Emergency town hall draws big crowd
Law enforcement officials, politicians, residents gathered to discuss anti-violence solutions
By T.J. KREMER III
Summer is coming – and that means barbequing, block parties and more shootings.
With gun violence on the minds of so many West Side residents, Cook County Commissioner Richard Boykin (1st District) held a “state of emergency” town hall meeting Saturday at Christ Tabernacle Missionary Baptist Church of Austin, 854 N. Central Ave.
Boykin, along with U.S. Congressman Danny K. Davis (D-Chicago), fellow Cook County Commissioner Jesus “Chuy” Garcia (7th District) and Ald.elect Chris Taliaferro (29th), held a press conference outside of Christ Tabernacle before Saturday’s town hall meeting.
“The blood of victims of gun violence is flowing through the streets of our poorest and most vulnerable neighborhoods of color,” Boykin said. “It is winding its way past the City Council chambers and finding its way to the mayor’s office. It’s flowing across the hall to the Cook County Board and across to the governor’s office.”
Boykin and his fellow government officials spoke surrounded by more than a dozen people who’ve been affected by gun violence.
From Jan.1 through April 30, there were 556 shootings reported in Chicago, up from 452 from the same time period last year, according to data collected by the Chicago Police Department and posted on the Sun-Times website.
Data collected by the Chicago Tribune shows there have been 52 shooting victims so far this year in Austin alone; Austin has the most killings – seven – of the city’s 77 community areas, according to the Sun-Times.
About 100 West Side residents packed the inside of the church for the two-and-a-half-hour-long town hall meeting following the press conference, and many shared their frustrations with the surging violence seen in many West and South side neighborhoods.
Dwayne Betts, commander of the Chicago Police Department’s 15th district — which runs between Division Street to Roosevelt Road, and from Cicero to Austin Boulevard — tried to reassure the crowd, telling them, “we’re moving in the right direction.”
“Our crime in the 15th District has dropped,” Betts said. “We’ve (gotten) 90 percent more guns off the street then we did from this time last year.”
Betts said CPD has taken 44 guns this year out of the hands of those who should not have had them, up from 23 from the same time last year.
But the biggest obstacle facing CPD doesn’t come from gangs, Boykin said.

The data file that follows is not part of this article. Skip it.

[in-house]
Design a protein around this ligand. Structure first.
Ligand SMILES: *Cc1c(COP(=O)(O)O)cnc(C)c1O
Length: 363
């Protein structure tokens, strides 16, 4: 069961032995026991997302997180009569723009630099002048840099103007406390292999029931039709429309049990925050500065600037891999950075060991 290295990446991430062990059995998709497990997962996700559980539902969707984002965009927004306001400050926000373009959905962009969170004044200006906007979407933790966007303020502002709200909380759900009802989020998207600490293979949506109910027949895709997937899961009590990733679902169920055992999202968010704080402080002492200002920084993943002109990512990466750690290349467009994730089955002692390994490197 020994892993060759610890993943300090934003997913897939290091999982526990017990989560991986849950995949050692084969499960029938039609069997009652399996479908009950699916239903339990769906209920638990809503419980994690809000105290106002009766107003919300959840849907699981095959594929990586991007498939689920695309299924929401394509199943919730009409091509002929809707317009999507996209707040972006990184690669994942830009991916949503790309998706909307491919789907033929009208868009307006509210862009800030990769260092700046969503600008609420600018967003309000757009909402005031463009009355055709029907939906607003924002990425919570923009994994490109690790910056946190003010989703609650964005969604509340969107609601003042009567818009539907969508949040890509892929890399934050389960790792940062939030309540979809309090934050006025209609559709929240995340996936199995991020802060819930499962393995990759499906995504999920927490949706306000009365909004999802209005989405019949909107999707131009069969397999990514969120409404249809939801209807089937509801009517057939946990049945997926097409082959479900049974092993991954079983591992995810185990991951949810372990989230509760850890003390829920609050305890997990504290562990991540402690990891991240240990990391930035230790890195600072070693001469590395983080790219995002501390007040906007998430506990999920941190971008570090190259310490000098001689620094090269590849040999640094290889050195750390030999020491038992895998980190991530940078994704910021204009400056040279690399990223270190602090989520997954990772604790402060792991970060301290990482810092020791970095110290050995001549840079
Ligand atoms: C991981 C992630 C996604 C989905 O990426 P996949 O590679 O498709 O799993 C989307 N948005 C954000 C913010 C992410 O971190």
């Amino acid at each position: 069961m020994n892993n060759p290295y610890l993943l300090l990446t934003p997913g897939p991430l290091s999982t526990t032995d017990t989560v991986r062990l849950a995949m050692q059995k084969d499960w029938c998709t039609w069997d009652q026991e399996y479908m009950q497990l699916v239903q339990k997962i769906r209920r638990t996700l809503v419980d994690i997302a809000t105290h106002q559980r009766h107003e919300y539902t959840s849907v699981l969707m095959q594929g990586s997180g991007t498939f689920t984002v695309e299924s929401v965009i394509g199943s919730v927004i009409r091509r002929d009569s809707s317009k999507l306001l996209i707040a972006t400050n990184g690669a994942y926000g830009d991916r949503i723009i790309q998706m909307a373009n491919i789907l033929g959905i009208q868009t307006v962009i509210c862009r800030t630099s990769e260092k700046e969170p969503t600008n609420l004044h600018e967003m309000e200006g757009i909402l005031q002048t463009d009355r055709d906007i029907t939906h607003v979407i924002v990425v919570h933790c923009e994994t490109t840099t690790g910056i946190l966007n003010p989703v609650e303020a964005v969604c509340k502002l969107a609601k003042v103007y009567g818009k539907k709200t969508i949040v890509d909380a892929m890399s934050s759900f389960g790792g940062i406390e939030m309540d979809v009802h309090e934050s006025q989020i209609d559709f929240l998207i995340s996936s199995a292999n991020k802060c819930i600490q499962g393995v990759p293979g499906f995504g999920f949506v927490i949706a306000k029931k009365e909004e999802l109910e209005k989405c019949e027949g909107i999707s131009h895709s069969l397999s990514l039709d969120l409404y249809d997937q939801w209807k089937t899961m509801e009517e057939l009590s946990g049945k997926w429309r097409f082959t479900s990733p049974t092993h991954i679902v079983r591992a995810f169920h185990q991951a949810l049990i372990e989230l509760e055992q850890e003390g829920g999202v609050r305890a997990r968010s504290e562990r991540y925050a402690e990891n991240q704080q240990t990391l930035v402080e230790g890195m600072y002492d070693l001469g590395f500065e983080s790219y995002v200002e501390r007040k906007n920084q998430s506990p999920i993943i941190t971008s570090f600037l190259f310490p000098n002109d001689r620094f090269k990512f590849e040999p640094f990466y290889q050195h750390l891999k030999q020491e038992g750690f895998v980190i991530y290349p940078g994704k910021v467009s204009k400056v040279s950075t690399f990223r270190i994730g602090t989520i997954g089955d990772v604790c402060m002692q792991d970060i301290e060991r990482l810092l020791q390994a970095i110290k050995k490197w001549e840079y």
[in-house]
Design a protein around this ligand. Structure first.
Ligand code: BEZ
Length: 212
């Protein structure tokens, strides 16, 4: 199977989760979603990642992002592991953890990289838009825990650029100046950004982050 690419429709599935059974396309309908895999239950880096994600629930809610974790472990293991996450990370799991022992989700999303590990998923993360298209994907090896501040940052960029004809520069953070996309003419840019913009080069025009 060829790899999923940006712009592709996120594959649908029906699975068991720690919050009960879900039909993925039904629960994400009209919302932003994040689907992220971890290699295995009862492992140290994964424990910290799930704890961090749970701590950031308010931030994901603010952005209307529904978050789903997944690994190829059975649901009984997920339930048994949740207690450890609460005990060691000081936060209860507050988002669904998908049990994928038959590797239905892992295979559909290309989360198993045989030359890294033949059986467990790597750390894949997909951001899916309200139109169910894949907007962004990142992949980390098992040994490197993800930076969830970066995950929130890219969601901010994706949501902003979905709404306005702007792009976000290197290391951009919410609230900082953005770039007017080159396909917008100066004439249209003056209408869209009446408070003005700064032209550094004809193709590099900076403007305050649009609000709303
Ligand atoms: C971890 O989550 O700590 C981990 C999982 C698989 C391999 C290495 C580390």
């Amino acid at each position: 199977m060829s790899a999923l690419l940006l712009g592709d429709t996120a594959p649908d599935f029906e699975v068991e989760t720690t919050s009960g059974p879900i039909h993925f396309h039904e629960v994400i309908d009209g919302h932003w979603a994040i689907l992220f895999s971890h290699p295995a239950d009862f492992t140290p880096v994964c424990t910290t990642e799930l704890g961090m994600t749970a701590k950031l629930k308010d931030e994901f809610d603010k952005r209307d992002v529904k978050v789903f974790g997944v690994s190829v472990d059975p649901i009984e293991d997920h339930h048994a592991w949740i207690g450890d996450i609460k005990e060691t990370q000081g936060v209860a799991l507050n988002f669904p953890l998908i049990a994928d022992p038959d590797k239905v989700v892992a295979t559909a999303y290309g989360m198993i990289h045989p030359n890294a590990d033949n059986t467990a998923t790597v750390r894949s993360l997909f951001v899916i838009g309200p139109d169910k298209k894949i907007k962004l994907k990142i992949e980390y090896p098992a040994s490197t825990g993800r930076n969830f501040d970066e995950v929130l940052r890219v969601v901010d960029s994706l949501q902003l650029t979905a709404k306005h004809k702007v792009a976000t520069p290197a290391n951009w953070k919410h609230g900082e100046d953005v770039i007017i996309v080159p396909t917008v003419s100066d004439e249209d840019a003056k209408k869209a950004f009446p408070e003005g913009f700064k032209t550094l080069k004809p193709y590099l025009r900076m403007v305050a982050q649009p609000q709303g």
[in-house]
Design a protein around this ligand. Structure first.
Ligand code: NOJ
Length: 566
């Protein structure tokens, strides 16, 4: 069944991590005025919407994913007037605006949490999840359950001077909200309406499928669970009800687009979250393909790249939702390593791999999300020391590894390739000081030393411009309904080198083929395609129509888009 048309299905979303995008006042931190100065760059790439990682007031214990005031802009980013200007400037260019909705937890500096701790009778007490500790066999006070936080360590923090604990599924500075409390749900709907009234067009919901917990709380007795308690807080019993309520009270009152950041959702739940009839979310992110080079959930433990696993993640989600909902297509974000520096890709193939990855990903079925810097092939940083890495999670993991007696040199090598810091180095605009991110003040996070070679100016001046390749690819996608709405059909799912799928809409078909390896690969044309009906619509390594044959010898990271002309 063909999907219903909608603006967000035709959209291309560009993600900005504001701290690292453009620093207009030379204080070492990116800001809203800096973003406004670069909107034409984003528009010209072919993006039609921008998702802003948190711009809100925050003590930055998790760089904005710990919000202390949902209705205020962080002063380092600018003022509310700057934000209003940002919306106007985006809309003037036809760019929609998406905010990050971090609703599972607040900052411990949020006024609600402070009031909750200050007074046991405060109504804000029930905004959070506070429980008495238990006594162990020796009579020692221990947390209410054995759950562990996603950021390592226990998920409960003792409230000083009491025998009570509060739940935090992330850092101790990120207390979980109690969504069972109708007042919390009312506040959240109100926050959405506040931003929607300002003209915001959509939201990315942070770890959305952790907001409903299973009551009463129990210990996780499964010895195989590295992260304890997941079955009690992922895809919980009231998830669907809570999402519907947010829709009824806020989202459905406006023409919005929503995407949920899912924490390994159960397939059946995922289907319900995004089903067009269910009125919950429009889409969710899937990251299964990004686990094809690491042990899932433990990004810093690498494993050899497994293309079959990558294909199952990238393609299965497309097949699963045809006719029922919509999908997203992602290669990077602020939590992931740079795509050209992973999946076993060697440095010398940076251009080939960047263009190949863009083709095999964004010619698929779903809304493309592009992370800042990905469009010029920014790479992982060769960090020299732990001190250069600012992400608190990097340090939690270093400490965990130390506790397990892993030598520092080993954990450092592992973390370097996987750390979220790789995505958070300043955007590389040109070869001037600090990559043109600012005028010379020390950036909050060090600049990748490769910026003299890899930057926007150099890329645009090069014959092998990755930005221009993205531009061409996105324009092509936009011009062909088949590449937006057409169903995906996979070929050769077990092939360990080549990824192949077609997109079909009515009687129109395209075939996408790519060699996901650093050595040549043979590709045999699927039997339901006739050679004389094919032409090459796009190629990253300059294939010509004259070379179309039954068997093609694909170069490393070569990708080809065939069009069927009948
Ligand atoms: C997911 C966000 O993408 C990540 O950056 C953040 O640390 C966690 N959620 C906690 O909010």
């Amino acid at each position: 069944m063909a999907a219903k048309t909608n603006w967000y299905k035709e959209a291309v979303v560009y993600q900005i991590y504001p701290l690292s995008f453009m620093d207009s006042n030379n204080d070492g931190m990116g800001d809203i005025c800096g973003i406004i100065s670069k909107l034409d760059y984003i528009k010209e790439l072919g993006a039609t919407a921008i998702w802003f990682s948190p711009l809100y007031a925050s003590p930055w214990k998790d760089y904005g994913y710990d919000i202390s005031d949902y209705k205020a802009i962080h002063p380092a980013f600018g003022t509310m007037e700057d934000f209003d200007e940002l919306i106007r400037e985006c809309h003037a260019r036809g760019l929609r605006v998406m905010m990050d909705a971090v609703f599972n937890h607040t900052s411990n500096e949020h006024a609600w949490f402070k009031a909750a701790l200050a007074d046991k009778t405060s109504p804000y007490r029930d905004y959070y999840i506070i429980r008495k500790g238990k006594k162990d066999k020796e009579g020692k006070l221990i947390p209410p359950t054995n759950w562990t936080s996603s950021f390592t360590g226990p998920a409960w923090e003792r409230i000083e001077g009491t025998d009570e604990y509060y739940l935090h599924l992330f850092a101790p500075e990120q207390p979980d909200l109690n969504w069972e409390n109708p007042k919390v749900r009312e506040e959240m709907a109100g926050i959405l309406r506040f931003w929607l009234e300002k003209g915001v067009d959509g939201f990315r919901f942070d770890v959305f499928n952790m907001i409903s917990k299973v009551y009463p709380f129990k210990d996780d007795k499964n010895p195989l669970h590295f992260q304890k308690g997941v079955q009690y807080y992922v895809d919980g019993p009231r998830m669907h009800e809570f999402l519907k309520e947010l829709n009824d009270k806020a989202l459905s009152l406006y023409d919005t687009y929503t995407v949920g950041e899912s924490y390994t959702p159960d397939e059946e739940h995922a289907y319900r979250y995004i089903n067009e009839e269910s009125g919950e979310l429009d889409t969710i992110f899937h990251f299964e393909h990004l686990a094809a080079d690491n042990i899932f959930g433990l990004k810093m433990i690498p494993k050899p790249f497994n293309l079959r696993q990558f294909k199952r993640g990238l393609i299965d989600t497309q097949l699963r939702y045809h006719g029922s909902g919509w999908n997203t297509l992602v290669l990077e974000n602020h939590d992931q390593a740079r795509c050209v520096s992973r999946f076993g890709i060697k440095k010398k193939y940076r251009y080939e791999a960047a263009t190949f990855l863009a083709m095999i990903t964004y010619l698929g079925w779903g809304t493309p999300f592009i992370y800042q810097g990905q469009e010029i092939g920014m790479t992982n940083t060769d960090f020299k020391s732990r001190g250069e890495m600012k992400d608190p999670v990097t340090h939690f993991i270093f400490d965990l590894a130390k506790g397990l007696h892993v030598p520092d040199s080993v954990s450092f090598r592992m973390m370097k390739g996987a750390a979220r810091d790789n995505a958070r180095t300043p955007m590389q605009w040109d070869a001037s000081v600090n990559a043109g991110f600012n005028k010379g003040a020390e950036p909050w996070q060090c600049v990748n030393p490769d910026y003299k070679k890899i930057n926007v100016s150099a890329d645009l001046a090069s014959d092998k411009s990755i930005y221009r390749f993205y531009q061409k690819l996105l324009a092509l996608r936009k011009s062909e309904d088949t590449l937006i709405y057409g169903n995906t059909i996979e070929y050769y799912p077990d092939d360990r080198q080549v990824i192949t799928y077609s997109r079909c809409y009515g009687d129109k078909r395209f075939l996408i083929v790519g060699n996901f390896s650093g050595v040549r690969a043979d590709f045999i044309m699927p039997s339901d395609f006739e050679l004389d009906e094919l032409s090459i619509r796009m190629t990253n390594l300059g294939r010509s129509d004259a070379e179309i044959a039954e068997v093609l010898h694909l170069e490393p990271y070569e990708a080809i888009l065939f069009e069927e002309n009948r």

“The biggest threat is losing public trust,” he said.
That lack of public distrust was on full display at times during Saturday’s meeting.
Phyllis Duncan, founder of Mothers of Murdered Sons, said she came to the town hall so elected officials would know they are being “put on notice.”
“I come here today asking why our communities are the only communities where we see loitering, where we see men and women all over the streets, in front of liquor stores,” Duncan said.
Taliaferro said he hopes people of the 29th Ward will hold him accountable; the police sergeant will be sworn in as 29th Ward alderman May 18.
“I really take what you’re saying to heart,” Taliaferro told Duncan. “And that’s why I ran for alderman. I ran for alderman to bring change to our community, and I want you to hold me responsible, because I am very serious about bringing change to our community.”
Deputy Chief Eric Washington said police officers do enforce the city’s curfew ordinance for juveniles, but trying to remove adults from public spaces is trickier.
“We have to follow the legal standard,” Washington said. “We can stop and investigate someone just standing there, and (if) we have no other reason to make an arrest, can we lawfully tell them to leave and get off the sidewalk? No, we cannot.”
Boykin has suggested deputies from the Cook County Sheriff’s office be brought in to help the CPD with patrolling the West Side.
Boykin said Betts informed him deputies were now patrolling some areas of Austin.
However, Betts could not confirm how many deputies are active in the community, nor did would he say what the exact nature of their duties entail.
“I don’t know how many Cook County Sherrif’s (are there),” Betts said. “I just know they had cars out there and they were backing up the police officers and they were making enforcement actions. They were doing a great job.”
Boykin also could not confirm any other information, including how many additional deputies would be sent into the community and when residents could expect to see them patrolling more of the neighborhoods.
For more information on future meetings and planned events, contact Boykin’s office at (312) 603-9532.